Twenty years ago, on a gray November day at the start of the millennium, I stepped into the frosty studio of the celebrated painter Joyce Pensato (1941–2019). A legend in the making, Pensato worked in an industrial nave located in an urban wilderness called East Williamsburg, Brooklyn—Bushwick before Starbucks, Hermes and cafés crowded with Chads and Brads in gray fleece vests. Known for massive black paintings and drawings of cartoon characters—Mickey and Minnie Mouse, Donald and Daisy Duck, Felix the Cat, Batman, the entire Simpson clan and the manic protagonists of “South Park”—Pensato, or “Fizz,” as her friends called her, held forth on the radical freedom her location gifted her.
“I can do whatever the fuck I want here,” she said while drawing deep on a cigarette. As I mulled the idea over I looked up to see snow falling through a five-foot hole in the ceiling.
Defiance, autonomy, resilience, invention, the creative negotiation of the world’s light and dark elements in response to one’s immediate surroundings in ways that layer art and move it beyond mere objects and situations… these are the things that make art turn fructuous, fertile, even feral, whether in Brooklyn, Bern or Barcelona.
All of these factors defined Pensato and her work, but they seem equally attributable to the thirty-five year old Catalan wunderkind Marria Pratts. An intensely generative artist who uses, among other media, paint, sculpture, comics, ceramic, photography, video, music, neon, scavenged materials and whatever is near at hand, Pratts creates discrete artworks that, above all, appear fundamentally energized by their making. A fashioner of drawings, paintings and sculptures and other objects where sheer vitality regularly trumps specific style or technique, she can usually be found hard at work in her studio harnessing multidisciplinary processes of her own invention. These processes she cultivates, develops and refines until they are capable of representing what she calls “a reality that is, at once, honest, wild, and very fragile”—but also populated with “apparitions” that repeatedly and directly challenge her viewers.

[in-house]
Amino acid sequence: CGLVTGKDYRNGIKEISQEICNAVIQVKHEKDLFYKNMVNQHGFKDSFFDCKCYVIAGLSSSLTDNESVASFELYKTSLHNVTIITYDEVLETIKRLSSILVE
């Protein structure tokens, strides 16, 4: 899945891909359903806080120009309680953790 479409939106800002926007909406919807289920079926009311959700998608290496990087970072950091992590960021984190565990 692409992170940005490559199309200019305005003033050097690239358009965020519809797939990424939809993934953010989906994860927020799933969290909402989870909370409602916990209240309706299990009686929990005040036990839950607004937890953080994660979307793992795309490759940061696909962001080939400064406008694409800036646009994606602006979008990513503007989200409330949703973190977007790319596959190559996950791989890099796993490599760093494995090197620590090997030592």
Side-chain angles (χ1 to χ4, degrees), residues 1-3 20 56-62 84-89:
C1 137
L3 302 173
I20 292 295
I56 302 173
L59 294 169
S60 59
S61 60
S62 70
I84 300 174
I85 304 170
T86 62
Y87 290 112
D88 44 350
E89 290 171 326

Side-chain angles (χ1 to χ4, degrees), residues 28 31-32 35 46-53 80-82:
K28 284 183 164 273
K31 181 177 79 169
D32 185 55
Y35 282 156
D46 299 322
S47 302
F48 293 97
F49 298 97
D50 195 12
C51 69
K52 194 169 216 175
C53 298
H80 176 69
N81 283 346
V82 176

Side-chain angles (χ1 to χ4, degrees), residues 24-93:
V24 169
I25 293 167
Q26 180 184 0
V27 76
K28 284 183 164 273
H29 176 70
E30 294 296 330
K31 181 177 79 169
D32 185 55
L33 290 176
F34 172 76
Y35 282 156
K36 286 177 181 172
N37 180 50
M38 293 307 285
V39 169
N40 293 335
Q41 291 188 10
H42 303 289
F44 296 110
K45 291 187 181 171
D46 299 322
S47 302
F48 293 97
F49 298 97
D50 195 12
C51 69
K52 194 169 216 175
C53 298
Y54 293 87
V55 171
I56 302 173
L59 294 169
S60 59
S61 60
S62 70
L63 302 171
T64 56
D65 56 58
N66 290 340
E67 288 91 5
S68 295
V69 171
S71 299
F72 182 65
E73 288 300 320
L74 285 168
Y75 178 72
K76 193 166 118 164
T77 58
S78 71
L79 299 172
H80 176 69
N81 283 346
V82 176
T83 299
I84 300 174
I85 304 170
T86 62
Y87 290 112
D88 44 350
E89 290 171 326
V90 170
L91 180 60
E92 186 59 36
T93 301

Like Pensato’s now demolished Bushwick studio and Francis Bacon’s disheveled Reese Mews hive in London—it was famously transported across the English Channel, spent smokes and all, to The Hugh Lane Gallery in Dublin in 1998—Pratts’ well-known working digs provide great insight into her multiple practices and evolving artistic persona. Located on the outskirts of Barcelona in the industrial working class neighborhood of L´Hospitalet de Llobregat, her massive live-work space has been redesigned to represent, in the words of one writer, a flourishing view of what goes on inside the artist’s head. A soaring warehouse that contains an island apartment jerry-rigged from bits of wood, polyurethane foam and cardboard recycled from nearby factories—it features a bathtub, a mattress, a wood stove and a literal hole in the wall the artist and others access like a portal—Pratt’s working abode contains a factory’s worth of the multiple projects she constantly juggles, but also recalls a canonical 1960s-era experiment in marrying art and life.